A mother-of-one who swapped her job as a carer for elderly people with dementia for a career as a private investigator has revealed social media and a dog lead are the best tools for tracking down cheating spouses and missing people.
Alison Harris, 51, decided to retrain as a PI in her forties after losing her father at the age of 98 and struggling to continue to work with older people.
She studied a psychology degree at the Open University while still working, as well as diplomas in forensic science and profiling, intermediate criminology and two separate ones in private investigation.
Now she charges clients around £70 per hour to look into cases of missing people, marital affairs and shady characters who owe money.
Alison Harris, 51, decided to retrain as a PI in her forties after losing her father at the age of 98 and struggling to continue to work with older people. Pictured: stock image
But despite how private investigators are often portrayed in films or television dramas, Alison admitted it can be rather ‘boring’ in real life.
‘A typical day is quite mundane,’ she told FEMAIL. ‘I spend most of it searching on the internet, as everyone who uses technology leaves a virtual footprint.
‘There are no car chases or having a friend in the police who can give you help – unfortunately!
‘I very often work closely with senior executives in legal firms and corporate organisations, safeguarding against fraud and intellectual property as well as tracking online scams and money laundering.’
She added that Facebook is normally her first port of call when looking up a person, especially if they’re of a certain age.
Alison said being a private investigator is nothing like what you see in films and on the TV – admitting she spends most of her time on the internet. Pictured: stock image
Her job can also involve hours of surveillance, which can be ‘really dull’, and going from door to door seeking information.
Alison admitted she found it ‘really hard’ to get back into the routine of studying when re-training as a PI, but relished in being able to combine her interests in psychology and crime.
She said the feeling of being able to help people get justice is what makes her job so rewarding.
‘The best part is giving clients who come to you when they feel that they have nowhere else to go answers and honesty,’ she said.
‘My first case was helping a lady get her money back from people that she thought were friends.
‘I work with heartbroken families desperate for answers and large employers who have been unsuccessful in tracking down former employees.’
Alison, who has a 25-year-old daughter with her husband, deals with a lot of missing person cases and once traced the missing author of a popular Netflix series, which took her a couple of weeks.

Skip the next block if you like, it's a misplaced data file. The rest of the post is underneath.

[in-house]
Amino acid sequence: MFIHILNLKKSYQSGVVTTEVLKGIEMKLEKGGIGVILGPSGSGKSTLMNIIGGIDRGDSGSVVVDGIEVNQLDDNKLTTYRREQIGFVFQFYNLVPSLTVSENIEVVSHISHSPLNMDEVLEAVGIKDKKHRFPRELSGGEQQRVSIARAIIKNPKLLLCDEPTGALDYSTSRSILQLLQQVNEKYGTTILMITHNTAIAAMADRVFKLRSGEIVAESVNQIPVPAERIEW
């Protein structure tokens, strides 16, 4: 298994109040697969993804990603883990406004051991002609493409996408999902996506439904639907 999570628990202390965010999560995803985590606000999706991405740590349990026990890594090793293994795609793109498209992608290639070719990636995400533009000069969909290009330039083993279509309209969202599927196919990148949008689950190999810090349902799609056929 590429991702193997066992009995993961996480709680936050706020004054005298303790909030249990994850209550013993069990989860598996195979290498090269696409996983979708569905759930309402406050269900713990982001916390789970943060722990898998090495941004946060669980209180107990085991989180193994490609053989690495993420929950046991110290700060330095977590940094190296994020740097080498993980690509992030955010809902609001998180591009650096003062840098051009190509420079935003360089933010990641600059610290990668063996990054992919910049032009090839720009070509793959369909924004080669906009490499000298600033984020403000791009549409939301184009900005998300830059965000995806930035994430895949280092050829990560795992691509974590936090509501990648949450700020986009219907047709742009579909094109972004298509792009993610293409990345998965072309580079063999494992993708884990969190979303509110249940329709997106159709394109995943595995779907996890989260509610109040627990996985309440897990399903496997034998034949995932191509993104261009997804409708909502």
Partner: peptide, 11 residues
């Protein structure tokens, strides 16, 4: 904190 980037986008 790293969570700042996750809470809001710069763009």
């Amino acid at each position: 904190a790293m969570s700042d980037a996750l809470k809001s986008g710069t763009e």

‘It takes a lot to surprise me,’ she admitted. ‘But one case involved a lovely lady who had absolutely no idea that her husband had a secret business.
Alison admitted she found it ‘really hard’ to get back into the routine of studying when re-training as a PI, but relished in being able to combine her interests in psychology and crime. Pictured: stock image
‘Another was a bit hair-raising, but I can’t go into too much detail as it is going to court next month. It involved a man who was looking for his fiancée, but not for the reason that you may imagine.’
Alison said being a good PI involves being methodical, thorough and interested in people, as well as being patient, emphathetic and quick-witted.
She recalled one incident where she visited a client’s husband’s rural home early in the morning to investigate whether he was cheating.
Alison could see the other woman in the window after driving past, so rather than drive by again and blow her cover, she went to the door with a dog lead and her phone and told the woman she’d lost her dog.
Alison advertises as being available 24-7 and tries to get back to people who contact her within 24 hours. Pictured: her website
‘While we were talking, my phone was taking pictures of her,’ she said. ‘It was purely to cut my waiting time down. Always have a dog lead – you can get out of any situation with a dog lead!’
Alison advertises as being available 24-7 and tries to get back to people who contact her within 24 hours.
Even if she can’t help them, she’ll still call them back and try to help them find someone who can.
Her job has certainly made her more wary of trusting people and ‘a bit more suspicious’ – admitting it still surprises her ‘how devious people can be’.
For more information about Alison’s work, visit MissAMInvestigations.co.uk.